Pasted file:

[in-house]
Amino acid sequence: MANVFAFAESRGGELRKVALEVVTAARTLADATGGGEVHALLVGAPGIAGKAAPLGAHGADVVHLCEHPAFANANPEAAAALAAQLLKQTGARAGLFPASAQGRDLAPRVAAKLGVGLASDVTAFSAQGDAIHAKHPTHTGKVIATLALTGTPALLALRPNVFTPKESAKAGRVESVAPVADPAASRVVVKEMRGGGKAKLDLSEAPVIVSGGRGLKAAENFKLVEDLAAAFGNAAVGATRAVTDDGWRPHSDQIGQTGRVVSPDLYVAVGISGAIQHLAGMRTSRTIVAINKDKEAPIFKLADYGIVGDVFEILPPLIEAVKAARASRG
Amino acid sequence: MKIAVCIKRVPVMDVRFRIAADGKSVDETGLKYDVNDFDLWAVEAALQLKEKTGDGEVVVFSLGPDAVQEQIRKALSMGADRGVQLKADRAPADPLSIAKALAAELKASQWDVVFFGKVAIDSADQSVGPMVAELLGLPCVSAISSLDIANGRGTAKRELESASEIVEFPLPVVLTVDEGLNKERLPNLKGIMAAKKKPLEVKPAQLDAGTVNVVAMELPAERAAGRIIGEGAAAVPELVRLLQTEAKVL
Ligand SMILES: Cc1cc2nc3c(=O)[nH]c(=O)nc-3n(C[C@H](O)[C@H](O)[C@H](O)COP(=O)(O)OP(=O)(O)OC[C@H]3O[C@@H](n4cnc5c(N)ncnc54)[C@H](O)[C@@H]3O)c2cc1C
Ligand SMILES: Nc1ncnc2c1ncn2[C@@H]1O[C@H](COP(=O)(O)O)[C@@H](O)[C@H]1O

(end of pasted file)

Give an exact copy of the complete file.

[in-house]
Amino acid sequence: MANVFAFAESRGGELRKVALEVVTAARTLADATGGGEVHALLVGAPGIAGKAAPLGAHGADVVHLCEHPAFANANPEAAAALAAQLLKQTGARAGLFPASAQGRDLAPRVAAKLGVGLASDVTAFSAQGDAIHAKHPTHTGKVIATLALTGTPALLALRPNVFTPKESAKAGRVESVAPVADPAASRVVVKEMRGGGKAKLDLSEAPVIVSGGRGLKAAENFKLVEDLAAAFGNAAVGATRAVTDDGWRPHSDQIGQTGRVVSPDLYVAVGISGAIQHLAGMRTSRTIVAINKDKEAPIFKLADYGIVGDVFEILPPLIEAVKAARASRG
Amino acid sequence: MKIAVCIKRVPVMDVRFRIAADGKSVDETGLKYDVNDFDLWAVEAALQLKEKTGDGEVVVFSLGPDAVQEQIRKALSMGADRGVQLKADRAPADPLSIAKALAAELKASQWDVVFFGKVAIDSADQSVGPMVAELLGLPCVSAISSLDIANGRGTAKRELESASEIVEFPLPVVLTVDEGLNKERLPNLKGIMAAKKKPLEVKPAQLDAGTVNVVAMELPAERAAGRIIGEGAAAVPELVRLLQTEAKVL
Ligand SMILES: Cc1cc2nc3c(=O)[nH]c(=O)nc-3n(C[C@H](O)[C@H](O)[C@H](O)COP(=O)(O)OP(=O)(O)OC[C@H]3O[C@@H](n4cnc5c(N)ncnc54)[C@H](O)[C@@H]3O)c2cc1C
Ligand SMILES: Nc1ncnc2c1ncn2[C@@H]1O[C@H](COP(=O)(O)O)[C@@H](O)[C@H]1O